Traffickers now using social media to allure girls

Discussants say observing World Day against Trafficking-in-Persons

Staff Correspondent | Published: 00:59, Jul 31,2018

 
 

Experts on Monday stressed the need for vigilance at family, school and social levels for prevention of human trafficking in general, girl trafficking in particular, as criminals now often used social media to allure the victims.
Establishment of separate special tribunal was also important for prevention of human trafficking with speedy prosecution of trafficking cases for ensuring punishment of the criminals, they said at a discussion in the capital.
Traffickers ‘now use social media’ befriending easy targets such as children and women through facebook, twitter, instragram, snapchat, among others, professor Ishrat Shamim of sociology department of Dhaka University said at the programme to mark World Day against Trafficking-in-Persons.
So-called ‘love marriages’ initiated through social media and others also led to an increase in eloping and exposing children to early marriage, trafficking and sexual exploitation, she said at the programme on emerging challenges of trafficking in persons organised by Centre for Women and Children Studies.
In Bangladesh, she said about 70 per cent adolescents of 11-18 years of age ‘do not know’ who to approach for guidance and help when they experience problems online.
Persons involved in trafficking usually first approach girls through friends, relatives and acquaintances often from the same place for generating trust to carry out the crime by alluring the victim with offer of love, marriage and job, Shamim, also CWCS, president said.
The victims ‘are trafficked’ within countries, between neighbouring countries and even across different continents as cross-border trafficking ‘flows often resemble’ regular migration flows, she said.
Putting emphasis on vigilance within families and gaining social support for prevention of human trafficking, she said, informing that a train passenger’s tweet in India helped railway police to save 26 girls, between 10-14 years, from child traffickers and arrest of two men involved in the crime, she added.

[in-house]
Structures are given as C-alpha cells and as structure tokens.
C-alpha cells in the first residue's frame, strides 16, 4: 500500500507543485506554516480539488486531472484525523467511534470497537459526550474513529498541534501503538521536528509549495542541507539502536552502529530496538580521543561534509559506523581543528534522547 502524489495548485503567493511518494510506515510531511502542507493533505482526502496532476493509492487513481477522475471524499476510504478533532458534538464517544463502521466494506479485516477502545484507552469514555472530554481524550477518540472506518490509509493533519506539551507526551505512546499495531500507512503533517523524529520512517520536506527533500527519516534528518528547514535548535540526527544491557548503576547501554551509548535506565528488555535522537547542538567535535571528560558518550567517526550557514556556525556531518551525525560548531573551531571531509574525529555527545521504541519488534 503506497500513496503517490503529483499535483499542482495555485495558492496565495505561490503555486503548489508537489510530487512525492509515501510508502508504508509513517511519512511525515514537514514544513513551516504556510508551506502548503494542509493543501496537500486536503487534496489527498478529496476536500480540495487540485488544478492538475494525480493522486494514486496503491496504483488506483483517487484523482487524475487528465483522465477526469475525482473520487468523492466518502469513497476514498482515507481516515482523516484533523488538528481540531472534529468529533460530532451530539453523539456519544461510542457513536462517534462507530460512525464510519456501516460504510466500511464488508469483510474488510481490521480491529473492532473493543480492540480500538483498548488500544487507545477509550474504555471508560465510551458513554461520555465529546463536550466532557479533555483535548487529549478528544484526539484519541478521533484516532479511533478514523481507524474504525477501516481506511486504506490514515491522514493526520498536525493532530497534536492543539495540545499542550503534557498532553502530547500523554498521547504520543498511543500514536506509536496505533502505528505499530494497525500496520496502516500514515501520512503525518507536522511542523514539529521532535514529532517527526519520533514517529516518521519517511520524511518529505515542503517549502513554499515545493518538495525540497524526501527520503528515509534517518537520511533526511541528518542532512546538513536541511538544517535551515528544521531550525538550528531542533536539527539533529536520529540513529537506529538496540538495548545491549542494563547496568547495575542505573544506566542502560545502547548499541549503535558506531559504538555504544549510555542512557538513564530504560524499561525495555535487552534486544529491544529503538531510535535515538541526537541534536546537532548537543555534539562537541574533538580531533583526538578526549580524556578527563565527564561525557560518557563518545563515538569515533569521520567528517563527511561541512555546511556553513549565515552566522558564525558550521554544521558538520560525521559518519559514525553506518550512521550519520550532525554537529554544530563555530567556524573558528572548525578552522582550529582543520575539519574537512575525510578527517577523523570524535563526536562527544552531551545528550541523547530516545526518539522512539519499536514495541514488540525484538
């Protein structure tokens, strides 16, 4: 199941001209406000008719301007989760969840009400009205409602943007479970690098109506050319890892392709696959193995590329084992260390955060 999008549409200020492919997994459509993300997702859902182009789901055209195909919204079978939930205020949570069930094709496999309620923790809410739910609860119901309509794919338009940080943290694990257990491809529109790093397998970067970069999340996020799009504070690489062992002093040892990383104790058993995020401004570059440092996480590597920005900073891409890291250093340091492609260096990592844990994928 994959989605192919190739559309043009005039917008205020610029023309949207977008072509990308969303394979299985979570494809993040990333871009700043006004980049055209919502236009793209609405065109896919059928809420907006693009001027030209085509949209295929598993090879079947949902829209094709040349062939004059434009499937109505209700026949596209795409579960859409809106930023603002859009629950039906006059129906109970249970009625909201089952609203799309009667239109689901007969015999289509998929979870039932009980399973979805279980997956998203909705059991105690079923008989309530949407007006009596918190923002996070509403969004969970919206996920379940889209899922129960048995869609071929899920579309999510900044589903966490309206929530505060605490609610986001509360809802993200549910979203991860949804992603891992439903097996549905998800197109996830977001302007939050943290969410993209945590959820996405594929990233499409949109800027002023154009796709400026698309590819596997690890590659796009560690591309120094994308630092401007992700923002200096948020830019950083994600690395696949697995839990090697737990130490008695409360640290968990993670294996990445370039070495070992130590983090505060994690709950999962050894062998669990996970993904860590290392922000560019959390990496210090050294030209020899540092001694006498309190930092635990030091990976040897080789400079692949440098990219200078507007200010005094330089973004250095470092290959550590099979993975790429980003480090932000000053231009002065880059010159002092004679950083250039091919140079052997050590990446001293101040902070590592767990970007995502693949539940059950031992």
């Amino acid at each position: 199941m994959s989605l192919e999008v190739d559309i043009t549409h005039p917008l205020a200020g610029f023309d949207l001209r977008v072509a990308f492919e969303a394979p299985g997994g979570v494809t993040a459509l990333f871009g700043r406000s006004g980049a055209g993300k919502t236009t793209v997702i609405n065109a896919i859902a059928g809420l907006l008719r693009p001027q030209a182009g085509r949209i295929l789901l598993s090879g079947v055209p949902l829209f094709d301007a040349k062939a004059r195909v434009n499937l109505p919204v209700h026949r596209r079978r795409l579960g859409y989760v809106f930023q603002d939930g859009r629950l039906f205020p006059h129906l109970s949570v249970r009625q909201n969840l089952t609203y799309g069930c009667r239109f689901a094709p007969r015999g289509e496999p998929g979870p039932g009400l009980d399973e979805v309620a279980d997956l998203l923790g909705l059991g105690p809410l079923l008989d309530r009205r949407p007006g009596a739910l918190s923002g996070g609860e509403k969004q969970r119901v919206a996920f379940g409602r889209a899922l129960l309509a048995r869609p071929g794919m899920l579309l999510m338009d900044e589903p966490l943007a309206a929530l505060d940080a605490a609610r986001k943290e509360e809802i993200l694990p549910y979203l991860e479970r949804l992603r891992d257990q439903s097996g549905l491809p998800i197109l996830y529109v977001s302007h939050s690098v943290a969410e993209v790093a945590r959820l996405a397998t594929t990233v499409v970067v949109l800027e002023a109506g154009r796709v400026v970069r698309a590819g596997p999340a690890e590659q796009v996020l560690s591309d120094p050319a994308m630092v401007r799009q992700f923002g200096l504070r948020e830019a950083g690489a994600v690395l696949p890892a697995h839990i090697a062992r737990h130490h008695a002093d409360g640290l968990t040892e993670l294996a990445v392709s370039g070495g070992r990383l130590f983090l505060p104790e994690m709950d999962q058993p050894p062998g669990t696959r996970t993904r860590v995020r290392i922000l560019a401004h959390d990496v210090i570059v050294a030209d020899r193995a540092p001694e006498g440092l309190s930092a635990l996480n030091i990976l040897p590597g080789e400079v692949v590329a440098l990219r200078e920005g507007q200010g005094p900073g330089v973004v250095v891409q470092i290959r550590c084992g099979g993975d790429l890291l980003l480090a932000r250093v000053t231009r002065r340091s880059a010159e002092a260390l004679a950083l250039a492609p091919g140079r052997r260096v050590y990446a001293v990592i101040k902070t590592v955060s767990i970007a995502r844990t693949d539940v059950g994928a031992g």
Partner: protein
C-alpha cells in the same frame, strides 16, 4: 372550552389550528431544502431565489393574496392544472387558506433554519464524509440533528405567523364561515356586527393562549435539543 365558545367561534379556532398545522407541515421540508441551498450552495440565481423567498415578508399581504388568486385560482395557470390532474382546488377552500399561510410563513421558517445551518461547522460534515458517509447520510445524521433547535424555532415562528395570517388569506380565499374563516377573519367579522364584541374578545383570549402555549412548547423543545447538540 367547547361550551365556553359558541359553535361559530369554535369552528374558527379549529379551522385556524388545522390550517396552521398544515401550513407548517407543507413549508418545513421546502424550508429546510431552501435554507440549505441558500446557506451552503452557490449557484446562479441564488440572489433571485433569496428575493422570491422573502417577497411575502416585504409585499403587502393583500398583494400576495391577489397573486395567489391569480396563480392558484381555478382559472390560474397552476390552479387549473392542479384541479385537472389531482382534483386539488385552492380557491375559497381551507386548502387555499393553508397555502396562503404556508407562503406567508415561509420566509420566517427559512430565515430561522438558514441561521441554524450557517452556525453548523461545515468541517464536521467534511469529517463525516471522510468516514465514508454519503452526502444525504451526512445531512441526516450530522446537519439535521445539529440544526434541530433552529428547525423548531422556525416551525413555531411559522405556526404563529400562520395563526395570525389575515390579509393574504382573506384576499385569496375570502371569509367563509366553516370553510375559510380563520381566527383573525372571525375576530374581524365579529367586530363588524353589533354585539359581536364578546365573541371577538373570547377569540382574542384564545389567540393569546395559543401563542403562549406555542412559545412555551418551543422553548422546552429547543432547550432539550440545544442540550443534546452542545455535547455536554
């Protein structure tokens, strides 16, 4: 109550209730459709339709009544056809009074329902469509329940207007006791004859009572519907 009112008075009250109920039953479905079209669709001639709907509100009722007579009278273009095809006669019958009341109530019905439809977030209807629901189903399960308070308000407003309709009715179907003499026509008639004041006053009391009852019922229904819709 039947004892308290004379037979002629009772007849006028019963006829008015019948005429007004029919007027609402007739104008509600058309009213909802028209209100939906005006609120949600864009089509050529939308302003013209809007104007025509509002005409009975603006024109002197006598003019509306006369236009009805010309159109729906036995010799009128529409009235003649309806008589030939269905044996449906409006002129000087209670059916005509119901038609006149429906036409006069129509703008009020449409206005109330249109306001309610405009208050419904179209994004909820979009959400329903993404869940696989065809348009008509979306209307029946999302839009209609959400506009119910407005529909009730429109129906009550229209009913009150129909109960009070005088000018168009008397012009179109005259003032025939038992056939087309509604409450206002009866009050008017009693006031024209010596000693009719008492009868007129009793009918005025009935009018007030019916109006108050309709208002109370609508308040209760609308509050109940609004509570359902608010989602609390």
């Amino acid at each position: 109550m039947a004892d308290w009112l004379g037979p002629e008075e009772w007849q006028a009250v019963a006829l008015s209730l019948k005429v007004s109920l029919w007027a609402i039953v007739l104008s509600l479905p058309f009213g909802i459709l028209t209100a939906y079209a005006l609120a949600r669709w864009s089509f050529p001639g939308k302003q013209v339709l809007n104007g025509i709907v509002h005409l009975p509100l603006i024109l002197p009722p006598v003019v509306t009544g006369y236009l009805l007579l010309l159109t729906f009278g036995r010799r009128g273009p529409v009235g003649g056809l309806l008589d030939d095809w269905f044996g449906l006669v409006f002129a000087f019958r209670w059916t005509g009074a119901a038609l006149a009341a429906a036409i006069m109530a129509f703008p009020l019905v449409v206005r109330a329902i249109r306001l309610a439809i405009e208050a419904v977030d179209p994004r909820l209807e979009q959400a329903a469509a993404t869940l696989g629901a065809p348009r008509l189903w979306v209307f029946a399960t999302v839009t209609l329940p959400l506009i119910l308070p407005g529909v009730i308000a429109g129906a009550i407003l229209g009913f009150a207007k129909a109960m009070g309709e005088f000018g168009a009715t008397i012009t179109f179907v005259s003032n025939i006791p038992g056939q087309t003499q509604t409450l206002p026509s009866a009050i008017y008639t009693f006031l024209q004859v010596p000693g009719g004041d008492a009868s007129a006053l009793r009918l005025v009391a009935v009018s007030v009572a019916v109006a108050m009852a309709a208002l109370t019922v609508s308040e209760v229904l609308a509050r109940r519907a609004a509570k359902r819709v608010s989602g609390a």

Professor Mahbuba Nasreen of Dhaka University presided over the discussion where education ministry additional secretary Jabed Ahmed, joint secretary Rukhsana Hasin, among others, also spoke.
Speaking at a separate discussion, National Human Rights Commission, Bangladesh chairman Kazi Reazul Hoque said separate special tribunal should be established with high priority for prosecution under the Prevention and Suppression of Human Trafficking Act, 2012, according to a press release.
Winrock International organised the event in collaboration with 17 local and foreign organisations at National Press Club.
According to Bangladesh Police Headquarters, a total of 4,152 cases were filed since the enactment of The Prevention and Suppression of Human Trafficking Act 2012. During 2017, 778 human trafficking cases were filed with only one successful conviction. During the first 6 months of 2018, 267 cases were filed with four successful convictions already.
Abul Kalam Azad, an additional superintendent of Bangladesh Police, claimed that police often received complaints of trafficking through relatives so late that the perpetrators by the time ran away, leaving the investigation difficulties.
The speakers alleged that perpetrators escaped justice in many cases for lengthy and slow justice process, withdrawal of many cases out of the court while in many incidents a case was not even filed to begin the procedure.

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